The equation for sustainable engagement is the sum of three distinct elements — traditional engagement, enablement and energy, according to Towers Watson.

Traditional engagement

Traditional engagement refers to the willingness of employees to give effort to their employer. High traditional engagement is exhibited through employees who are highly committed, proud to work for the company, would recommend it as a place to work and express intention to stay, according to a report by Hay Group, which surveyed almost five million employees globally, including 220,000 from Canada.

Another key component of traditional engagement is discretionary effort.

“If people need to work hard on a particular project because there’s a deadline, (engaged workers) do that willingly,” said Jackson. “They are interested in contributing, they’re committed and enthusiastic. It’s more about going the extra mile when it’s needed.”

Traditional engagement is fostered when employees buy into the values, goals and objectives of an organization, said Naismith. Employers should make sure these components are well-communicated to employees in a clear manner, she said.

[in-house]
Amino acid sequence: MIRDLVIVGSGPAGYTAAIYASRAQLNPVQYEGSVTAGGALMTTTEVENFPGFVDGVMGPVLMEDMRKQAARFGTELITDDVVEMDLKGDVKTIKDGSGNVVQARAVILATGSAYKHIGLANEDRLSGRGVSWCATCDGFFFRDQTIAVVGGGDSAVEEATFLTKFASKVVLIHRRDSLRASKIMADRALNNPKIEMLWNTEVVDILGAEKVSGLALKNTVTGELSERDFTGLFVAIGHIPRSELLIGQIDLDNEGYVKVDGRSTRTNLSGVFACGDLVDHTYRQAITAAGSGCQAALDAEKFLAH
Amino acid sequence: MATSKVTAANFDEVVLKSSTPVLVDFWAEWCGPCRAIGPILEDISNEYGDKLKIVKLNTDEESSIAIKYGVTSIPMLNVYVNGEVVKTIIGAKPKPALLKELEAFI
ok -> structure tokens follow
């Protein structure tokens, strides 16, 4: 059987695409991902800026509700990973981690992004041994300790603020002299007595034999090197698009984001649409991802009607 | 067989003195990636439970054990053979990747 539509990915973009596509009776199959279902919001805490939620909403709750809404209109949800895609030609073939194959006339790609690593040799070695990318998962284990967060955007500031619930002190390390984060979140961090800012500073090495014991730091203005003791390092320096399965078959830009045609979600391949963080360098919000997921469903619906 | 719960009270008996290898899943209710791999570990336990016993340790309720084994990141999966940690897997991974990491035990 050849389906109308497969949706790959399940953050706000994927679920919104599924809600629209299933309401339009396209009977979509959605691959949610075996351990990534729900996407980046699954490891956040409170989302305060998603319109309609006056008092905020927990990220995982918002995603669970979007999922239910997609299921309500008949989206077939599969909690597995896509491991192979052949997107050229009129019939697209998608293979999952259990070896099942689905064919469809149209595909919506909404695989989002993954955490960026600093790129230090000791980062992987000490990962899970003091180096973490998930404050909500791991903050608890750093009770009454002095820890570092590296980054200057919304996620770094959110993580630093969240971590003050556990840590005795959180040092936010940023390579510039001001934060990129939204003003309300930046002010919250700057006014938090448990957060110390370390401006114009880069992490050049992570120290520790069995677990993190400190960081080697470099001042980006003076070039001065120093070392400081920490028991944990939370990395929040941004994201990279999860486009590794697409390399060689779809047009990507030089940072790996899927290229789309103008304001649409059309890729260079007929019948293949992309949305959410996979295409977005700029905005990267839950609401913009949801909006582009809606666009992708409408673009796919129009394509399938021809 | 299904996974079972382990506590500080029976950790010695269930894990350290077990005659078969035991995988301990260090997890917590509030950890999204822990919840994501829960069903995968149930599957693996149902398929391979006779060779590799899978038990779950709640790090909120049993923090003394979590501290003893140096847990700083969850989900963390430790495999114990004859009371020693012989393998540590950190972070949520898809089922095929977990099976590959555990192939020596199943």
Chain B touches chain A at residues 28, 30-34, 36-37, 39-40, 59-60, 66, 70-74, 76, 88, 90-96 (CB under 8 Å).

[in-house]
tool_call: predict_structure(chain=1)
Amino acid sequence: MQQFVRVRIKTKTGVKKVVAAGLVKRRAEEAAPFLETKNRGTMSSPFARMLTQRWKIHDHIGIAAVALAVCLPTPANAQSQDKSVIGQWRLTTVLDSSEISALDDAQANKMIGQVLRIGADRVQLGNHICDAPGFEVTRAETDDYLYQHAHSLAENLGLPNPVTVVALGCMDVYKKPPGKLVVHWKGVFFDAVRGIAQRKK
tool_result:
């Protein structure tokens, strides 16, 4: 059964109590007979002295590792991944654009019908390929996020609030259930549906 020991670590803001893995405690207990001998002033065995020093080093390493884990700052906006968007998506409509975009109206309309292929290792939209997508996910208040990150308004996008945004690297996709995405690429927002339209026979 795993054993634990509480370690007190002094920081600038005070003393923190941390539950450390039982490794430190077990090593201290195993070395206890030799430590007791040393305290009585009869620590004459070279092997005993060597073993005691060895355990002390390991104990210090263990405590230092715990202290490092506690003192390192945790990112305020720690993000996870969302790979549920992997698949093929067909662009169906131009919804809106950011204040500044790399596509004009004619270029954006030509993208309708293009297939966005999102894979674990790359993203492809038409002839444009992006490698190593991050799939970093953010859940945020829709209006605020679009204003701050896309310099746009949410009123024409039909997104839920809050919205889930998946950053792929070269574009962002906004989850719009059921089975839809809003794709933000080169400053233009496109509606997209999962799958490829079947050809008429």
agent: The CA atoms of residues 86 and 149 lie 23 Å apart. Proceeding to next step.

Traditional engagement is also affected by a combination of elements, including whether or not employees think reward, recognition and compensation practices are fair and if they think the organization cares about them, said Jackson.

Enablement

Enablement refers to employees’ access to the tools, resources and support needed to get work done efficiently.

Nearly all (97 per cent) highly engaged Canadian employees believe they have the work tools and resources they need to achieve exceptional performance, compared to only 20 per cent of disengaged employees, found the Towers Watson report.

“It’s some of the structural things you see in business, so, ‘I have the resources I need, the environment isn’t too political…’ and basic stuff like, ‘Does my computer work, is the line I work on always down?’” said Naismith.

Not having access to the proper tools, resources and support can leave employees frustrated, with 33 per cent of workers claiming barriers put in place by their employer are preventing them from excelling, according to the Hay Group report.